I recently had the chance to see one of my favourite paintings in person for the first time. I’ve seen endless copies of this particular painting since I was a kid; the particular gaze of the girl in painting, the light on her jewelry, the folds of her clothing – I thought I knew every inch of this painting.
But as I sat for a while and stared at her I realized that she was completely different than I’d ever imagined. Her gaze was the same as I’d seen in books and posters and copies, and the light seemed to dance across her face in the same way, but she was different. She sparkled. More precisely, the negative space around her wasn’t just darkness but rather it was darkness filled with the movement of light in the room in which I was standing. I wasn’t looking at a painting, I was inside the world the artist created.
This past weekend I was sitting in the audience at Knox as the SSO and Chorus performed our last concert of the season. I was feeling a sense of relief and gratitude that it was the perfect end for a very strong season. I was enjoying that the audience was so excited to be there, and enjoying the joy on the face of each and every chorus member as they got to sing their hearts out. And then it happened again. Along came Mozart’s Ave Verum Corpus, a piece I have heard endless times in my life – and to be honest, I’ve never felt it was his best work. I’ve always felt it was a bit much…a great commercial pop hit from an artist who could write truly thrilling music. And played to death on radio and CDs. But faced with the piece performed by live chorus and orchestra, I was struck. It’s not just another “hit”, but a deeply personal and moving moment when Mozart places you right inside the world he created; its graceful and gentle, but deeply sincere. It’s exactly the sound Mozart had intended on creating for the listener.
The truth of the matter is, in 2019 we don’t have many moments in our day to day lives when our soul gets swept up in the moment. Between trying to Marie Kondo our way to happiness and snapchat filter our way to feeling good about ourselves, our day to day lives aren’t much to revel in. The realities of life don’t give us a natural pause. There is no natural cadence from stress in an ever connected world, and no ordinary distraction from how exhausted our schedules are making us. And while spending $3 on a mindfulness app might be the answer to all your worries, I strongly recommend making art and music a significant part of your life.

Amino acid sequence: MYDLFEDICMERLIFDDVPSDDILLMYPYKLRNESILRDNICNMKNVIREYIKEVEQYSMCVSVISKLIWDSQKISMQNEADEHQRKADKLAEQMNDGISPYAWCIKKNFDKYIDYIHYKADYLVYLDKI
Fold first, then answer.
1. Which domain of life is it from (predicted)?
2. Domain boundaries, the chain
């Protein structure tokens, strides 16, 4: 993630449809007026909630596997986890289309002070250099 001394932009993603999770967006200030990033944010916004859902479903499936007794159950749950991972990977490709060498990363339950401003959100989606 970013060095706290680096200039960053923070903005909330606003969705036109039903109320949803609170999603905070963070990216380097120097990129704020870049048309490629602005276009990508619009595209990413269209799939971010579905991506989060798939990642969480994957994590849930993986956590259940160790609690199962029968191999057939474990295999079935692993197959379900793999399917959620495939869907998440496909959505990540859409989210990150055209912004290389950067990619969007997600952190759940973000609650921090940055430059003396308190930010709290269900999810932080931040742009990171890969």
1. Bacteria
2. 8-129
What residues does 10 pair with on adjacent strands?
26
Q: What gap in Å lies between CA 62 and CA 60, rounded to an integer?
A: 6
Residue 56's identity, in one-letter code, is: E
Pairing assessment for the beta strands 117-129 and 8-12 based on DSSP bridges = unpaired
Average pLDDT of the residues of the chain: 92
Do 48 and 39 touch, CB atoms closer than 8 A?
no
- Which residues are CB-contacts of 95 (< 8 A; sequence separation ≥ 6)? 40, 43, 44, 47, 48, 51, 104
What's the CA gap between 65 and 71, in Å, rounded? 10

But there is no replacement for the real thing. Seeing copies of that painting for the rest of my life, I would have never realized how deeply the painting spoke to me. It was a great reminder to me that there is no substitute for an orchestra.
In my conversations with patrons this year I’ve heard about the music that really moved them – from a newer patron who found Mozart’s Requiem to be wonderfully intense, to the long time music lover who is still deeply moved by last season’s Armed Man. One thing became clear: the sound of hearing this music live was wholly different than listening to a recording. The sound of a live symphonic orchestra cannot be faked.
We have a few more days until the end of this year’s Share in the Future campaign. We set a lofty goal this year, and we’ve got about $40,000 to raise before the end of day on Friday to reach our goal of $300,000. This year’s campaign is special because if we are successful, we will have made the SSO deficit free. This is a remarkable accomplishment for any orchestra in 2019, but a significant achievement for Saskatoon’s orchestra.
This achievement would not be possible were it not for the exceptionally generous support of the Frank and Ellen Remai Foundation. The Remai Foundation’s matching of donations instantly doubles your support of your orchestra, and allows us to boldly enter a new era for your symphony.
Imagine only ever having the chance to hear recordings of orchestral music. It’s just not the same. A live symphony orchestra is a vast expanse of sound that captures the size and intensity of human expression. It can be as big as a prairie sky or as personal as a broken heart. It can bring you to your feet or move you to tears. It has the power to be the loudest sound you’ve ever heard or so soft that the entire room sits in silence to hear the next note. It’s an extraordinary experience.
I invite you to join me in making a donation to the Share in the Future campaign in these final days. It feels really good to be part of something this momentus for Saskatoon’s oldest arts organization, and it sends a clear message to the musicians of the SSO that their work is valued and supported by their community.
It’s true that without an orchestra in town, life would go on. But without the chance for future generations to come face to face with this glorious sound, they’ll never understand the power of a live orchestra.
I’m certain of this – because until the day I came face to face with that painting, I had no idea she sparkled.
Thank you for making music matter,
To make a gift to our Share in the Future campaign:
Call us at 306-665-6414
Visit us at the SSO offices – 602B 51st Street